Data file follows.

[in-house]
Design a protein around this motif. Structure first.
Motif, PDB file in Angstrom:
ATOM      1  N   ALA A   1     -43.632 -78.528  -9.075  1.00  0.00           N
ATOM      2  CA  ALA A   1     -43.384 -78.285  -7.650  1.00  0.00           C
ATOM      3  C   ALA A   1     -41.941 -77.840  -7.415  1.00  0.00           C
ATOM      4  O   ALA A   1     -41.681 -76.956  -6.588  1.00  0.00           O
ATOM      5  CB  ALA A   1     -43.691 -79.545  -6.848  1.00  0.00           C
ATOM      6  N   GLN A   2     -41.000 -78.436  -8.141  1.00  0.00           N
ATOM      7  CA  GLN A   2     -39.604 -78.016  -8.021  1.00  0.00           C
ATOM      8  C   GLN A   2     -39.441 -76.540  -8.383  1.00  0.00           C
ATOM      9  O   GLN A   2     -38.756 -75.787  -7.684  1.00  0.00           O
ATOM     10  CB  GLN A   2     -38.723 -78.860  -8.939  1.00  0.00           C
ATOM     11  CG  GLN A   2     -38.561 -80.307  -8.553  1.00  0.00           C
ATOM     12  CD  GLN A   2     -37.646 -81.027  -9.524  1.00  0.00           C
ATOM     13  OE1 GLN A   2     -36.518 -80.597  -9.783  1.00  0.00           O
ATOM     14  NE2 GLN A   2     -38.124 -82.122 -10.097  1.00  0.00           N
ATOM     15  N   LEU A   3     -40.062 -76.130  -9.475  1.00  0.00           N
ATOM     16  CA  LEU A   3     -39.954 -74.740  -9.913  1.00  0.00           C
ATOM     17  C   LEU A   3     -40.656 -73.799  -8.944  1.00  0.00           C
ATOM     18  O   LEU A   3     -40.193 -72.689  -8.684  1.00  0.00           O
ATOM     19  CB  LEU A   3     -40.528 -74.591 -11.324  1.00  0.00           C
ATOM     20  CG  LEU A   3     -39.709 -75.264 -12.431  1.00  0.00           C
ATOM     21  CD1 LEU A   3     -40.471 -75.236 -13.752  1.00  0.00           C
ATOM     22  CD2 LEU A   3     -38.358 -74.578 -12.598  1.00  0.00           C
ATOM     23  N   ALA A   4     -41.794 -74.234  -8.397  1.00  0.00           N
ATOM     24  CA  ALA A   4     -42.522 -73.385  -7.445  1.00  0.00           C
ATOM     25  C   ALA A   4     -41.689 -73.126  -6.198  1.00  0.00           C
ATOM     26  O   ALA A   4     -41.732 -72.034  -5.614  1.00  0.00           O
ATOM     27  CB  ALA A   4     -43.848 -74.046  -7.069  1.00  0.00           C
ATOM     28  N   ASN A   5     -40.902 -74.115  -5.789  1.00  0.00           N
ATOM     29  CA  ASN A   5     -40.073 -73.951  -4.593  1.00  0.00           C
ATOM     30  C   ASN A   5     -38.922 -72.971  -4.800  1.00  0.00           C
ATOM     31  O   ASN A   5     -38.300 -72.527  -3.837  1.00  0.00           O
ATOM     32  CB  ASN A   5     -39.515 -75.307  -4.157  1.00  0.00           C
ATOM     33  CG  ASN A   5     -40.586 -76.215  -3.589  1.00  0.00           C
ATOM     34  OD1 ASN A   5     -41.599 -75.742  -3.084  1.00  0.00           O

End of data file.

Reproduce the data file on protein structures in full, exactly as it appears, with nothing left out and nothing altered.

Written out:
[in-house]
Design a protein around this motif. Structure first.
Motif, PDB file in Angstrom:
ATOM      1  N   ALA A   1     -43.632 -78.528  -9.075  1.00  0.00           N
ATOM      2  CA  ALA A   1     -43.384 -78.285  -7.650  1.00  0.00           C
ATOM      3  C   ALA A   1     -41.941 -77.840  -7.415  1.00  0.00           C
ATOM      4  O   ALA A   1     -41.681 -76.956  -6.588  1.00  0.00           O
ATOM      5  CB  ALA A   1     -43.691 -79.545  -6.848  1.00  0.00           C
ATOM      6  N   GLN A   2     -41.000 -78.436  -8.141  1.00  0.00           N
ATOM      7  CA  GLN A   2     -39.604 -78.016  -8.021  1.00  0.00           C
ATOM      8  C   GLN A   2     -39.441 -76.540  -8.383  1.00  0.00           C
ATOM      9  O   GLN A   2     -38.756 -75.787  -7.684  1.00  0.00           O
ATOM     10  CB  GLN A   2     -38.723 -78.860  -8.939  1.00  0.00           C
ATOM     11  CG  GLN A   2     -38.561 -80.307  -8.553  1.00  0.00           C
ATOM     12  CD  GLN A   2     -37.646 -81.027  -9.524  1.00  0.00           C
ATOM     13  OE1 GLN A   2     -36.518 -80.597  -9.783  1.00  0.00           O
ATOM     14  NE2 GLN A   2     -38.124 -82.122 -10.097  1.00  0.00           N
ATOM     15  N   LEU A   3     -40.062 -76.130  -9.475  1.00  0.00           N
ATOM     16  CA  LEU A   3     -39.954 -74.740  -9.913  1.00  0.00           C
ATOM     17  C   LEU A   3     -40.656 -73.799  -8.944  1.00  0.00           C
ATOM     18  O   LEU A   3     -40.193 -72.689  -8.684  1.00  0.00           O
ATOM     19  CB  LEU A   3     -40.528 -74.591 -11.324  1.00  0.00           C
ATOM     20  CG  LEU A   3     -39.709 -75.264 -12.431  1.00  0.00           C
ATOM     21  CD1 LEU A   3     -40.471 -75.236 -13.752  1.00  0.00           C
ATOM     22  CD2 LEU A   3     -38.358 -74.578 -12.598  1.00  0.00           C
ATOM     23  N   ALA A   4     -41.794 -74.234  -8.397  1.00  0.00           N
ATOM     24  CA  ALA A   4     -42.522 -73.385  -7.445  1.00  0.00           C
ATOM     25  C   ALA A   4     -41.689 -73.126  -6.198  1.00  0.00           C
ATOM     26  O   ALA A   4     -41.732 -72.034  -5.614  1.00  0.00           O
ATOM     27  CB  ALA A   4     -43.848 -74.046  -7.069  1.00  0.00           C
ATOM     28  N   ASN A   5     -40.902 -74.115  -5.789  1.00  0.00           N
ATOM     29  CA  ASN A   5     -40.073 -73.951  -4.593  1.00  0.00           C
ATOM     30  C   ASN A   5     -38.922 -72.971  -4.800  1.00  0.00           C
ATOM     31  O   ASN A   5     -38.300 -72.527  -3.837  1.00  0.00           O
ATOM     32  CB  ASN A   5     -39.515 -75.307  -4.157  1.00  0.00           C
ATOM     33  CG  ASN A   5     -40.586 -76.215  -3.589  1.00  0.00           C
ATOM     34  OD1 ASN A   5     -41.599 -75.742  -3.084  1.00  0.00           O